Look at Montoro laughing his head off! He’s just been told that there’s another sucker who has set up a studio thinking he’s going to get rich.
Hampa Studio:The first time I saw the taxes we had to pay, I said to Paco Ramos (the first manager we had): “Paco, we have to pay a lot of taxes, isn’t there a way to not pay so much?”, to which Paco answered me, with that wisdom and calmness he has: “Alex, a company is to earn money and pay taxes. Don’t bust my balls!!!”. That was the end of the conversation, and I burned it into my heart!
NEW TEAM MEMBERS.
If you work hard, the day may come when you and your partner can’t cope with the work any more and you’ve used up all the annual nationwide redbull shipment, so it’s time to hire someone.
Be careful, with the first person you hire, you will be inexorably approaching that fine line of going from being a nice entrepreneur to becoming a shitty businessman.
Normally, in big studios they have a human resources department with very smart people who do their job, but in small and medium-sized studios we have to do it ourselves, together with someone from production, in the best of cases.
It’s very important to be cautious with personnel selection, because if you choose the wrong person, you’re not doing that person any favours, as not achieving the objectives will lead to frustration. And you won’t be doing yourself a favour either because you won’t achieve the results you need.
Therefore, no matter how tight the deadlines are, take your time for selection, it is very important. Steve jobs used to say “take your time to hire and fire quickly” (the first one is cool, apply it, but what a bastard with the second one, right?)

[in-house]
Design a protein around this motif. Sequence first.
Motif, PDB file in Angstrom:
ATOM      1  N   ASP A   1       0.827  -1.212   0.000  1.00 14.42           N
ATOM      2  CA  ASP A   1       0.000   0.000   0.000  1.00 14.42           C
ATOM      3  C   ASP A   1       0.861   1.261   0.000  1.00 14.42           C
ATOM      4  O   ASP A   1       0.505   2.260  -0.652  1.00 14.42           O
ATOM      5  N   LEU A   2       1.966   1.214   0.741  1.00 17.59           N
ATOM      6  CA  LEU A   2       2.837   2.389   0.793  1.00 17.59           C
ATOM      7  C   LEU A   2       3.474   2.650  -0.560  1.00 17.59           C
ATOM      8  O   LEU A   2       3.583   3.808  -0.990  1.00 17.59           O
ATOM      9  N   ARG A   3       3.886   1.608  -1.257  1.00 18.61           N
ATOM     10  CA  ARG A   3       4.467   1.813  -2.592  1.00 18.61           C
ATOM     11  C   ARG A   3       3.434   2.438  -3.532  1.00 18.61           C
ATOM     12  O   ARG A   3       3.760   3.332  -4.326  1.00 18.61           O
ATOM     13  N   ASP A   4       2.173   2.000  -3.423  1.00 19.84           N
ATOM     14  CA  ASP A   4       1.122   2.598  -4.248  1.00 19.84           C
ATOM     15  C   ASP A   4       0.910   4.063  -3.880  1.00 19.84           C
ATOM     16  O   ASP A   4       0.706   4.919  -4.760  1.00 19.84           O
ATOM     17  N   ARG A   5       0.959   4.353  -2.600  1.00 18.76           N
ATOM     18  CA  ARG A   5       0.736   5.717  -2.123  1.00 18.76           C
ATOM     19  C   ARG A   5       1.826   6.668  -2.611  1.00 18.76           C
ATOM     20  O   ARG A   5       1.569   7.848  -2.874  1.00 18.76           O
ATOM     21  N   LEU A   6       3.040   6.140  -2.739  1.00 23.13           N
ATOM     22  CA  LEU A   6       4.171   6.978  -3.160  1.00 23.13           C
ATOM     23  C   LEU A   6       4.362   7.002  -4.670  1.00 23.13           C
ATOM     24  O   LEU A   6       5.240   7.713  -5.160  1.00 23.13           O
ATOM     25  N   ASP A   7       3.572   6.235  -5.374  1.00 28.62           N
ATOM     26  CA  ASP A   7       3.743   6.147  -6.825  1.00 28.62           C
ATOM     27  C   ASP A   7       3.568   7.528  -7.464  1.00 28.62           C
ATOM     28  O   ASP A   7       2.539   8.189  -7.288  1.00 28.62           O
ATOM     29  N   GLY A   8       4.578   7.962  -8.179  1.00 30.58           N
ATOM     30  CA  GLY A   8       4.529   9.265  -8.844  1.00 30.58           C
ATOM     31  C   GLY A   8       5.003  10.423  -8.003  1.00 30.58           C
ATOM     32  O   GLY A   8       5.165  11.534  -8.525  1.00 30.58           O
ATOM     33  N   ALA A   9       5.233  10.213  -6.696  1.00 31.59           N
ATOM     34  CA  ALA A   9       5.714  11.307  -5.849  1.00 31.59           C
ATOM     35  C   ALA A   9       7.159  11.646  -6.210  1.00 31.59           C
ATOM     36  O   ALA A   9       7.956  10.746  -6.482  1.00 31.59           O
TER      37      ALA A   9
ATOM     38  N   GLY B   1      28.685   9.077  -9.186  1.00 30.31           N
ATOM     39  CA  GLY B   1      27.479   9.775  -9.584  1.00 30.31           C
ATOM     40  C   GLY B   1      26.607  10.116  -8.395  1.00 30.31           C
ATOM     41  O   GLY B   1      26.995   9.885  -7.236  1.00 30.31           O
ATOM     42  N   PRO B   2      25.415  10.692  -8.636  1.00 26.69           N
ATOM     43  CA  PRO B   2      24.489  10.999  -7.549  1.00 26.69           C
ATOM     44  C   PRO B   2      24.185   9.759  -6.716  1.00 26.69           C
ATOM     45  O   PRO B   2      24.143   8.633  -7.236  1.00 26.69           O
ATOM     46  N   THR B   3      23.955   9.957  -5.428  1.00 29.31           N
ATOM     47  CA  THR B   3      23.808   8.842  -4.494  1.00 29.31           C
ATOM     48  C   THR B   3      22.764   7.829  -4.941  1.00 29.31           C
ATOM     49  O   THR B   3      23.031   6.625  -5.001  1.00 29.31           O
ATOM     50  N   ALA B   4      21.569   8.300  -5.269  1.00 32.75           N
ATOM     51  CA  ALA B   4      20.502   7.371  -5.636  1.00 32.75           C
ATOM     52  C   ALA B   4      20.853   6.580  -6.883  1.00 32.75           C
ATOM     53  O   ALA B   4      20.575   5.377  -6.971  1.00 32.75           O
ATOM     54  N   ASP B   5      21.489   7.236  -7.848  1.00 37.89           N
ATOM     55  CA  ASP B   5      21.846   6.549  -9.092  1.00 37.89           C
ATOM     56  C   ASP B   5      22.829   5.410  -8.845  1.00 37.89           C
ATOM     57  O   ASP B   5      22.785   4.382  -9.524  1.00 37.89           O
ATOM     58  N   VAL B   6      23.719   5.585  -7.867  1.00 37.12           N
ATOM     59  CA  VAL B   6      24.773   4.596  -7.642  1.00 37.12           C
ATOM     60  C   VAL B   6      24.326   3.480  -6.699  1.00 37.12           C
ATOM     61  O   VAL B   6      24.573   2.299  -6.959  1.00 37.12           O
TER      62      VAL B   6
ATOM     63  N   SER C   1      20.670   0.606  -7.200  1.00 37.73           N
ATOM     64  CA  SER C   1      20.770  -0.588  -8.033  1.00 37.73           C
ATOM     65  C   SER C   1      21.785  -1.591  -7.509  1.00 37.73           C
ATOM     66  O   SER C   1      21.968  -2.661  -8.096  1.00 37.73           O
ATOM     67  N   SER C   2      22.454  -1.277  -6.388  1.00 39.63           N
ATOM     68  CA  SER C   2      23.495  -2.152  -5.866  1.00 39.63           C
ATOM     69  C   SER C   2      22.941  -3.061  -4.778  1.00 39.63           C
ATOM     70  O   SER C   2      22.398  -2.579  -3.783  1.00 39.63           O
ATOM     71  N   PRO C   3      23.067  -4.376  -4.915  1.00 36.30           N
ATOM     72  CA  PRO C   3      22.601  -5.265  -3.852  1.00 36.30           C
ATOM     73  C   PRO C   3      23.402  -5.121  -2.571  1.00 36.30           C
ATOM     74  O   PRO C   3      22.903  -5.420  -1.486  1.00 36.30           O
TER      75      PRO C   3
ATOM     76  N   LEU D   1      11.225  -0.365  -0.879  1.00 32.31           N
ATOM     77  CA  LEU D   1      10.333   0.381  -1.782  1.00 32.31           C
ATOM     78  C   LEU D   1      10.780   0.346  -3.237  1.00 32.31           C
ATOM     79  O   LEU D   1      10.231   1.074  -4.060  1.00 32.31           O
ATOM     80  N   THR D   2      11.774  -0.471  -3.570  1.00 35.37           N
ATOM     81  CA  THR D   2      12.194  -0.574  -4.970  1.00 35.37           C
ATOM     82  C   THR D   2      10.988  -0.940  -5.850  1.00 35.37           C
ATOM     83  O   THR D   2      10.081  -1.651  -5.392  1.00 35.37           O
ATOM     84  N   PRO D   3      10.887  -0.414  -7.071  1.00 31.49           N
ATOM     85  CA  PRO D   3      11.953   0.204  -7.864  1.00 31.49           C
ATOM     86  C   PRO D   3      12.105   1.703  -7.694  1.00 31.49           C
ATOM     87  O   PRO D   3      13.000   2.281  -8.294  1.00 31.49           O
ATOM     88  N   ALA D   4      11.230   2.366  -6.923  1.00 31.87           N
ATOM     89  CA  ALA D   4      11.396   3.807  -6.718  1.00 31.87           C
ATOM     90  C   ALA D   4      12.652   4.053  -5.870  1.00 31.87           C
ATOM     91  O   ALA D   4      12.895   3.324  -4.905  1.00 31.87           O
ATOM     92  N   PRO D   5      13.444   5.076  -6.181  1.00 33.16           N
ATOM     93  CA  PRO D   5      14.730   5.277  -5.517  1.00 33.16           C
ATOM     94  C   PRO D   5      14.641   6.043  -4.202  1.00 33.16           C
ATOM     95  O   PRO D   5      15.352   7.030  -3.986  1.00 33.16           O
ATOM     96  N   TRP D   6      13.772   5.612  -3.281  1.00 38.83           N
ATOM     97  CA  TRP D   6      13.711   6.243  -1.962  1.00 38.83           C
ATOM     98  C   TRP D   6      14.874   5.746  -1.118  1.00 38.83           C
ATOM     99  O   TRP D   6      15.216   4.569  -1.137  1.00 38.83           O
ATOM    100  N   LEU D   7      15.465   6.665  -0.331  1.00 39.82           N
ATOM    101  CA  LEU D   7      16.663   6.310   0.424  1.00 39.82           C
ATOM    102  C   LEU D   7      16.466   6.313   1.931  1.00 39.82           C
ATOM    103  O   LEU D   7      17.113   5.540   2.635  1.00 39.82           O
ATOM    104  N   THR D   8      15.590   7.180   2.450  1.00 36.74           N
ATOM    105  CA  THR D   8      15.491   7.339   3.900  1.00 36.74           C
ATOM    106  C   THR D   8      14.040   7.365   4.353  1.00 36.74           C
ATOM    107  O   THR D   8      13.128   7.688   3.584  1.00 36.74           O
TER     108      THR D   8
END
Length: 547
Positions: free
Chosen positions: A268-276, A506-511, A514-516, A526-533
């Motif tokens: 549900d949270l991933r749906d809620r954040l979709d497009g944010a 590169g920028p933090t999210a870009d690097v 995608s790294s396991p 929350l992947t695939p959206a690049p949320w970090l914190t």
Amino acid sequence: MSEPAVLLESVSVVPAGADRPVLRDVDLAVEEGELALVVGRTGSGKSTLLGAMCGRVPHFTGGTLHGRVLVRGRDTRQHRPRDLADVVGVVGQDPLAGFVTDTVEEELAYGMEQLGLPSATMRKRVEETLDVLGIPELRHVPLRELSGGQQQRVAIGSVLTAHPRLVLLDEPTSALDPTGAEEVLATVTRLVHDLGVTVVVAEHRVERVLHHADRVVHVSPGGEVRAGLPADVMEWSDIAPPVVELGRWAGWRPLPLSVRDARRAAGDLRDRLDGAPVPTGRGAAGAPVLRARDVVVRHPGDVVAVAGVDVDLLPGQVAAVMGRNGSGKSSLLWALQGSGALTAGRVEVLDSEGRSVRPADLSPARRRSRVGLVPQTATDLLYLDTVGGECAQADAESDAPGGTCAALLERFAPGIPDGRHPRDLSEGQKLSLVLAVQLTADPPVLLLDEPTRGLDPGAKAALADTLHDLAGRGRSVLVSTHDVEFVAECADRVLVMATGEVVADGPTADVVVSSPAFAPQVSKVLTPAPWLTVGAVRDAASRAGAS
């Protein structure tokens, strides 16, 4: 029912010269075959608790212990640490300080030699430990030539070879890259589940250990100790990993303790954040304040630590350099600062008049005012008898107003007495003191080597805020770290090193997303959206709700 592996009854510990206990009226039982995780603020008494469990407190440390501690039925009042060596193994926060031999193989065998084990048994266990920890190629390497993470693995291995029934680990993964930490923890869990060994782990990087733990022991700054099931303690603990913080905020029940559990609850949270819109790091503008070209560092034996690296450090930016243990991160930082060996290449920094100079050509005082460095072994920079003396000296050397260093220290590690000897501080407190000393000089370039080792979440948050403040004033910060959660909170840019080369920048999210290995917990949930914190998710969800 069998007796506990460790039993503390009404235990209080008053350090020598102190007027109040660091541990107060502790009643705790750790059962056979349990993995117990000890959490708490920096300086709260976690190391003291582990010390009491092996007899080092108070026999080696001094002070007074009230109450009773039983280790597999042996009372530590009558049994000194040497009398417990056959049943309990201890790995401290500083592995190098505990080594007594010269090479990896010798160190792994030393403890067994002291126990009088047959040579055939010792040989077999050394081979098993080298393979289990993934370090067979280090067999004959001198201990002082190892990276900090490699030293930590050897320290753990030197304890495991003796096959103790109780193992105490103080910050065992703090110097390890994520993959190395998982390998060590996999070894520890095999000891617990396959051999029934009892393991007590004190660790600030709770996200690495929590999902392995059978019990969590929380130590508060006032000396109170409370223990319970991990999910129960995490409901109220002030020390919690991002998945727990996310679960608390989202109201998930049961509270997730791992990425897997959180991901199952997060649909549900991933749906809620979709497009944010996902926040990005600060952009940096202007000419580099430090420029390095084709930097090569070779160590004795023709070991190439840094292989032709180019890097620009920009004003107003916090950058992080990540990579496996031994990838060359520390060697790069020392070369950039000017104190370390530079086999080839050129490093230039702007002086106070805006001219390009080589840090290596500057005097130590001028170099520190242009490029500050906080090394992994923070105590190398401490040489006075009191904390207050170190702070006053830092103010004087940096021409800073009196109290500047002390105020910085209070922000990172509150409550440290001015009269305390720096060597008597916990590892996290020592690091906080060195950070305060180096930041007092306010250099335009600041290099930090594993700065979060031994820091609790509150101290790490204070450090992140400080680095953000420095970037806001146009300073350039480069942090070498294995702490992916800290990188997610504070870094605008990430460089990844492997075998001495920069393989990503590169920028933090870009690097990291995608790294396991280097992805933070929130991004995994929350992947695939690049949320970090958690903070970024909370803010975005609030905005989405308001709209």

And as a last recommendation, use the proper animation search channels, otherwise you are going to waste time and effort receiving CVs of all kinds.
Hampa Studio: Many years ago, when there were no websites specialised in animation or forums, or facebook groups, etc…, in Hampa Studio we were looking for people to hire and we placed an ad in Infojobs (awesome!): “We are looking for Flash animator, with knowledge of Illustrator”, and a guy wrote us saying that he had been an animator for 15 years and that, although he didn’t know much about Flash and Illustrator, he had no problem with bachata, mambo and tango.
This is what any mortal in Spain thinks when you say you are looking for people for animation. (Watch out for the one with the wig, he’s giving it his all!)
Hampa Studio: Apart from using facebook, twitter and some websites (like https://www.animatedjobs.com/) or animation forums…, to post your job offer, what we usually do is to ask for references to other studios, and it’s very common that they ask us for them too. Of course it’s the best way to find the profile you need.
HUMAN RESOURCES MANAGEMENT
Now, something important thing about this topic! I would say that it is the most important part. Remember! we don`t do make cars, or screws, or anything like that, we are in an intangible industry, therefore, our human team is who makes possible the work and is the only important in the study.
A study is what the artists are!, take care all those as good as you can, like they are your own family members (not in the style of Los Pajares, nor of Los Sánchez Vicario, I mean, try to be good with them!!)
Our profession is artistic, therefore I do not recommend rigidity in the schedules or in the working days, and the less rules is better. You have to be very flexible and understanding, with the team leaving a lot of freedom to talk and be have fun (always making it very clear that anybody can not neglect work, the people know limits). We are not machines, we need the creativity, the good vibes and the predisposition of all.